NBA Roster Consistency Rankings: Which Teams Look Completely Different Heading Into the Season?
The NBA free agency period is unlike anything in sports. Of the major sports, the NBA has by far the most roster volatility on a year-to-year basis. Can you imagine Andrew Luck leaving the Colts in 2018 for, let’s say, the Dolphins, after several years of not winning a title? And then going back to the Colts after four years and a couple rings? Can you imagine a franchise player (whoever in the NFL would be a Dwight Howard equivalent) bouncing around to different franchises so much?
Roster volatility is part of the current NBA. The question is, can we analytically measure it?
Let’s try. To do this, I’m going to use basketball-reference.com's win share statistic. The reason I am doing this (as opposed to something else like ESPN’s Real Plus-Minus, for example) is that win shares are cumulative. Each player accumulates win shares throughout the year and you can roughly add them up to sum for team wins.
This isn’t a perfect method, I know. As you’ll see, the 76ers are losing 12.4 win shares, which was 79% of their production last year. However, that would have only equated to about 21% of the Spurs production. But this is the best method I could think of since, again, win shares are cumulative, so this is how we’ll do it.
|Rank||Team||'13-'14 Win Shares||Outgoing WS||% Production Returning|
Teams With the Highest Consistency Ranking
A lot of the top-ranked teams here are playoff teams, which makes sense - the worst teams in the league are generally the worst because they have inferior players. Therefore, they would intrinsically be more apt to change up their roster for the upcoming season. Conversely, the best teams in the league will try to keep things stable. Don’t fix what’s not broken, in a sense.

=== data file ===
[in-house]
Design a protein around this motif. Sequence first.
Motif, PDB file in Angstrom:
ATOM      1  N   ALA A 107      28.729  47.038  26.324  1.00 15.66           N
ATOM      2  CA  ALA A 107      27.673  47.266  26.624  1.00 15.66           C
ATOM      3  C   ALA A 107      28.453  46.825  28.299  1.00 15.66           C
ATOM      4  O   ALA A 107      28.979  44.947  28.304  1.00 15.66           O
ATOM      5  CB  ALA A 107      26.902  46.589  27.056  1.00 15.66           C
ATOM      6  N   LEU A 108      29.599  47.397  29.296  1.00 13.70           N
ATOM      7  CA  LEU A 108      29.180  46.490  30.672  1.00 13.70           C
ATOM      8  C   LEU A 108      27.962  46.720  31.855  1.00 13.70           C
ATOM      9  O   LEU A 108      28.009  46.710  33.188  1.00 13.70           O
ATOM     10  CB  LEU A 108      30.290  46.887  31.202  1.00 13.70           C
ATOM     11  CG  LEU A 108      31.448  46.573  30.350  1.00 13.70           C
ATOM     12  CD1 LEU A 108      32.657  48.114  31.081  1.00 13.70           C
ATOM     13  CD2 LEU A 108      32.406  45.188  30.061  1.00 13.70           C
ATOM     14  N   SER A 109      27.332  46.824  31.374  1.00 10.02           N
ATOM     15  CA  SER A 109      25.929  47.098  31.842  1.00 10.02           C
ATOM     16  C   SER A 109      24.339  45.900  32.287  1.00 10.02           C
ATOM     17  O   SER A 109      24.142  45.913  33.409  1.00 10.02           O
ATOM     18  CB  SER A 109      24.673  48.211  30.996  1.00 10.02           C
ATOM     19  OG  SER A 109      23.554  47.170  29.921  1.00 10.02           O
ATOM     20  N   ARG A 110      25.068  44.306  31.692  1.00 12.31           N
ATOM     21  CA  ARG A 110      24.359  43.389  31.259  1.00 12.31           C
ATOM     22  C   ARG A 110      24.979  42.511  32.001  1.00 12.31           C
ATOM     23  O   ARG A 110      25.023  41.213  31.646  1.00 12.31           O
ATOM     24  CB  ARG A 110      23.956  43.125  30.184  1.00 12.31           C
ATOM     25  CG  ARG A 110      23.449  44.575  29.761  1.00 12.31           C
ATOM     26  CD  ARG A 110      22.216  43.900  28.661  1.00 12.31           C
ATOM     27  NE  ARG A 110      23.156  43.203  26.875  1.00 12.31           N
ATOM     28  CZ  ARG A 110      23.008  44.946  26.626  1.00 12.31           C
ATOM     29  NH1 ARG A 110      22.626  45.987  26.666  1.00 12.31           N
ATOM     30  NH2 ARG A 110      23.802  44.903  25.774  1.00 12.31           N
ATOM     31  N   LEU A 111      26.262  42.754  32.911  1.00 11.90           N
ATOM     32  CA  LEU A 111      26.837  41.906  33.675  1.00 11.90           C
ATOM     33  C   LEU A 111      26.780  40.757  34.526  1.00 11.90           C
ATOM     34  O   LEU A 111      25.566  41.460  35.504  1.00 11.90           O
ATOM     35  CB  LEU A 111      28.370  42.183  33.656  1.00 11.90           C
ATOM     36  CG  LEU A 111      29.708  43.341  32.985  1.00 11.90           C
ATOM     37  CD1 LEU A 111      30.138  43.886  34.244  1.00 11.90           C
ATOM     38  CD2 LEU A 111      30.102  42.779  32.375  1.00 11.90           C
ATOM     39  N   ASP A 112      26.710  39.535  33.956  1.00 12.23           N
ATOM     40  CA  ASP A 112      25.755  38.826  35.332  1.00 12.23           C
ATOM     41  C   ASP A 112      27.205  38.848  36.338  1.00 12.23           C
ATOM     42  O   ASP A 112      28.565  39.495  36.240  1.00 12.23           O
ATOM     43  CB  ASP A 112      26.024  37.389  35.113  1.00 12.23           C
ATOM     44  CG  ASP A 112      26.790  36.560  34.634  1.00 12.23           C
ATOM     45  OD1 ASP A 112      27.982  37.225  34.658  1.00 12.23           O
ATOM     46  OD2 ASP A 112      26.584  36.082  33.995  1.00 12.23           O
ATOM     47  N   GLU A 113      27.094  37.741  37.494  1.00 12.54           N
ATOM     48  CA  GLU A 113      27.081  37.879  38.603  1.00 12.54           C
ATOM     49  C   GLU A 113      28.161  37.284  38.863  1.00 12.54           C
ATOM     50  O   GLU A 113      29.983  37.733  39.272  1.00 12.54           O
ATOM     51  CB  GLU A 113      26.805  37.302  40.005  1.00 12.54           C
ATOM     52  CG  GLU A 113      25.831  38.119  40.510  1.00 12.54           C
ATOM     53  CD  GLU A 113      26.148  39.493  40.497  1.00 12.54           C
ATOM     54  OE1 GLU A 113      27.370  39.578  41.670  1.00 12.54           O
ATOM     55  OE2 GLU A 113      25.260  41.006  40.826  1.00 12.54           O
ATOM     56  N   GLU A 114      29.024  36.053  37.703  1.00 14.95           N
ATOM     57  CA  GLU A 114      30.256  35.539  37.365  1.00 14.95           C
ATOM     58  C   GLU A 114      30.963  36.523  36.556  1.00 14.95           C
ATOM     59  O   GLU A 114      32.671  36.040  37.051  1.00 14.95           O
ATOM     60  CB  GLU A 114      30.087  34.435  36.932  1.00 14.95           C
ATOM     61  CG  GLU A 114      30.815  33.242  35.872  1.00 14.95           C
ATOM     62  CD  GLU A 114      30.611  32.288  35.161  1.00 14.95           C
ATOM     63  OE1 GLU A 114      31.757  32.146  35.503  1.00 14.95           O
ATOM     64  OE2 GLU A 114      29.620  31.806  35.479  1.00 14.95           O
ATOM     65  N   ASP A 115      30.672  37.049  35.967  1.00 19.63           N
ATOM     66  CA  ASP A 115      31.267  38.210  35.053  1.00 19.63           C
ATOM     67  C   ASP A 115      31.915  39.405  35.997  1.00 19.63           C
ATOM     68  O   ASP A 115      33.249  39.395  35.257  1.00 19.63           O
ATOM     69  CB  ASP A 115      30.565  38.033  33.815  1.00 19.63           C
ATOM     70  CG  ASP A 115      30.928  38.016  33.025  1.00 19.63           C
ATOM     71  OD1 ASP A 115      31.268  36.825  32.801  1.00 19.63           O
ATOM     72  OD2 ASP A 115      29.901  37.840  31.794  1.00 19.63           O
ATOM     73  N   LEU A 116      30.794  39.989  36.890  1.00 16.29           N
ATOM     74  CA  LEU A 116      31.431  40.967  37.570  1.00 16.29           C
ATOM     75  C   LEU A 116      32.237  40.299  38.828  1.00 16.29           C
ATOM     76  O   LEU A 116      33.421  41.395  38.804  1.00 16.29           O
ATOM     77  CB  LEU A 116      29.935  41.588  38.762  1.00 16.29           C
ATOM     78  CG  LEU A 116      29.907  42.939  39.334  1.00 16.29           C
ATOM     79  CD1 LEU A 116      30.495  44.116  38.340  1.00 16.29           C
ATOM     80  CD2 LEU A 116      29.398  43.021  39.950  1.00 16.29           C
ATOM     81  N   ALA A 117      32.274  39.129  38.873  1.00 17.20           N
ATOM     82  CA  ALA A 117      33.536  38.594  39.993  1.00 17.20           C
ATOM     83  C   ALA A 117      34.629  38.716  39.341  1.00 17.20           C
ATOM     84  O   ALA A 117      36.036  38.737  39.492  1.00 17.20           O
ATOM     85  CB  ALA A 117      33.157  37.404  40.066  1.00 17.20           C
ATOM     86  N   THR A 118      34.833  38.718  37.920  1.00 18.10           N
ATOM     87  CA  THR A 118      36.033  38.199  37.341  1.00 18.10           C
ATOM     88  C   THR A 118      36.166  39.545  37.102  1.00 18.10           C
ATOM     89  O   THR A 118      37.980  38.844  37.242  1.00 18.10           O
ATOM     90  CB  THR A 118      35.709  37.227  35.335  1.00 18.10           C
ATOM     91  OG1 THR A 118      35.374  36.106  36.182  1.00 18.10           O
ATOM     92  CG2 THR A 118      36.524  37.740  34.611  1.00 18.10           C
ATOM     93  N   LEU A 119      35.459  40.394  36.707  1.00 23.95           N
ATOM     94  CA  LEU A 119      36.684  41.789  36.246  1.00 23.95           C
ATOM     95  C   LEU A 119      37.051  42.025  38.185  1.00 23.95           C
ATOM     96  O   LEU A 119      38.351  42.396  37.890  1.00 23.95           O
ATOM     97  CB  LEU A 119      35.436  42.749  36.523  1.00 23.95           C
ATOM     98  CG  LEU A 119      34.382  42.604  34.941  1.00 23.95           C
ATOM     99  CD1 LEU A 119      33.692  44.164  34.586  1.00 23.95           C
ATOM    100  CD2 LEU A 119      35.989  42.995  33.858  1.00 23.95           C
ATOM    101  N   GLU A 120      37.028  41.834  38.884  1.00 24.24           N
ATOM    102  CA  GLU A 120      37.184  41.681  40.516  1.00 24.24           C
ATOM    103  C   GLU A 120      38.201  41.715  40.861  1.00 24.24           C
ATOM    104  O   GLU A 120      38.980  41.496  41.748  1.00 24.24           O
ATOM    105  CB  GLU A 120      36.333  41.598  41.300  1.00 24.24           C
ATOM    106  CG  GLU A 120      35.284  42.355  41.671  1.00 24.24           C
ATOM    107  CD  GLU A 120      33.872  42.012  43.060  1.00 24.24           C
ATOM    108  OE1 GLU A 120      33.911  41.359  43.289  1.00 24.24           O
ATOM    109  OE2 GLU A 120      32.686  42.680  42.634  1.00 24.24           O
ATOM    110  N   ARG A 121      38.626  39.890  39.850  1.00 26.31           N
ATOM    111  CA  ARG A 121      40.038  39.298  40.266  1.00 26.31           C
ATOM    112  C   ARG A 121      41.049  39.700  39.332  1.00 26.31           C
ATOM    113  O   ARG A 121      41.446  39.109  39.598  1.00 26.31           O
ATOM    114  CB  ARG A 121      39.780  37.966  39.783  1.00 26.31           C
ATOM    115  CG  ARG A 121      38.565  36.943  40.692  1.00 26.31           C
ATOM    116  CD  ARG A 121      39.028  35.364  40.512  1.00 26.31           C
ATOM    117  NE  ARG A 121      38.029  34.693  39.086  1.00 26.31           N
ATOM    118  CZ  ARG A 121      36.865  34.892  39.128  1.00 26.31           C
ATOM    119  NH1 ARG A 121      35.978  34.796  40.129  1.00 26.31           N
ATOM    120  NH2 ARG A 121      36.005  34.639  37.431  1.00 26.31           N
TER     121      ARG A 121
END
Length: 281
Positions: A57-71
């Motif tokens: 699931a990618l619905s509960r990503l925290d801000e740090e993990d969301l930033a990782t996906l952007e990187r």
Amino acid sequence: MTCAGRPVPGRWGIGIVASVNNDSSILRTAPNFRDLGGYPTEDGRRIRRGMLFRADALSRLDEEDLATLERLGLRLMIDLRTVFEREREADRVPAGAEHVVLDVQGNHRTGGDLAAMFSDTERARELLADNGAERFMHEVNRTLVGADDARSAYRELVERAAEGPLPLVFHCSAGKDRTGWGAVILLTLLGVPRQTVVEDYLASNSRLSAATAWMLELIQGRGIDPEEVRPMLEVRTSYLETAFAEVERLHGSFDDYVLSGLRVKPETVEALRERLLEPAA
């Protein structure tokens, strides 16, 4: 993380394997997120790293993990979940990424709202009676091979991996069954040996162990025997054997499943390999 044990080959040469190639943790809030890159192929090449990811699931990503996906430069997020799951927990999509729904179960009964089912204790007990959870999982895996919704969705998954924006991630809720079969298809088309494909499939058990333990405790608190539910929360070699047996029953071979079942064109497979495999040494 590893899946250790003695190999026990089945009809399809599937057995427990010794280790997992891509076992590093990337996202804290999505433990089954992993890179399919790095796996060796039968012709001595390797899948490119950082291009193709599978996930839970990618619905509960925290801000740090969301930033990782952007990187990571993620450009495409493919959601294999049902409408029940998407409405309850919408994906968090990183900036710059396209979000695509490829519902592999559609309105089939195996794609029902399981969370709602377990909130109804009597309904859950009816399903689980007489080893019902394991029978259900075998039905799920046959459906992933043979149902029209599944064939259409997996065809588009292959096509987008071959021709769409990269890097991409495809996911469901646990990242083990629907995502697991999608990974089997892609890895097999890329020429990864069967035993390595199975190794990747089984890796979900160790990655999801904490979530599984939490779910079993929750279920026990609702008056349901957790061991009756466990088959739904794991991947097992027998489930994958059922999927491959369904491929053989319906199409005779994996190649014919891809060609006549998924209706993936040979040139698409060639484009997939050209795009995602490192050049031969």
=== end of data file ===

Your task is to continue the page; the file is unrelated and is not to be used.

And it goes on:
The Spurs only losing 0.5 win shares from last year’s squad is pretty scary for the rest of the league. Because of the salary cap, teams often can't afford to keep such a high percentage of their production from year to year. A big part of what makes the Spurs great – Tim Duncan and Pop help, of course – is their chemistry. Returning 99.2% of your production from a championship season is good for just that.
The Pistons were remarkably steady with their roster this summer, despite all of the Greg Monroe free agency drama and Josh Smith trade buzz. Team chemistry is a good thing, but it remains to be seen if team chemistry between Brandon Jennings and Josh Smith fits into that category. If so – and new head coach Stan Van Gundy can adjust to his roster – then perhaps we see a jump up from their 29 wins a season ago.
The Least Consistent Teams
The 76ers are determined to be at the bottom of every NBA list ever. They are only returning a putrid 3.3 win shares from a season ago, which actually might not be a bad thing going forward. There are many available minutes for all of their talented young guys, and Nerlens Noel has a good chance to surpass Thaddeus Young's team high 3.5 win shares from last season.
The Mavericks are only returning half of their production from last year, and a lot of that came from the perimeter. Shawn Marion (4.3), Vince Carter (4.3), and Jose Calderon (6.3) are all gone from this roster, but Chandler Parsons (7.6 for the Rockets last year) will replace most of Marion and Carter’s production. The question will be at the point guard spot - can the combination of Raymond Felton, Jameer Nelson, and Devin Harris replace Calderon?
Some teams, like the Pacers and Lakers for example, have their data affected by injuries. The Pacers 80.6% returning production includes Paul George and the Lakers 51.2% would obviously have been much higher if Kobe Bryant had played last season.
There was a ton of player movement this summer, like usual. Some teams completely revamped their roster. Other teams (like the Warriors) weren’t willing to make moves and disrupt team chemistry. It will be interesting to see if the teams at the top of this ranking can get off to a fast start once the season begins.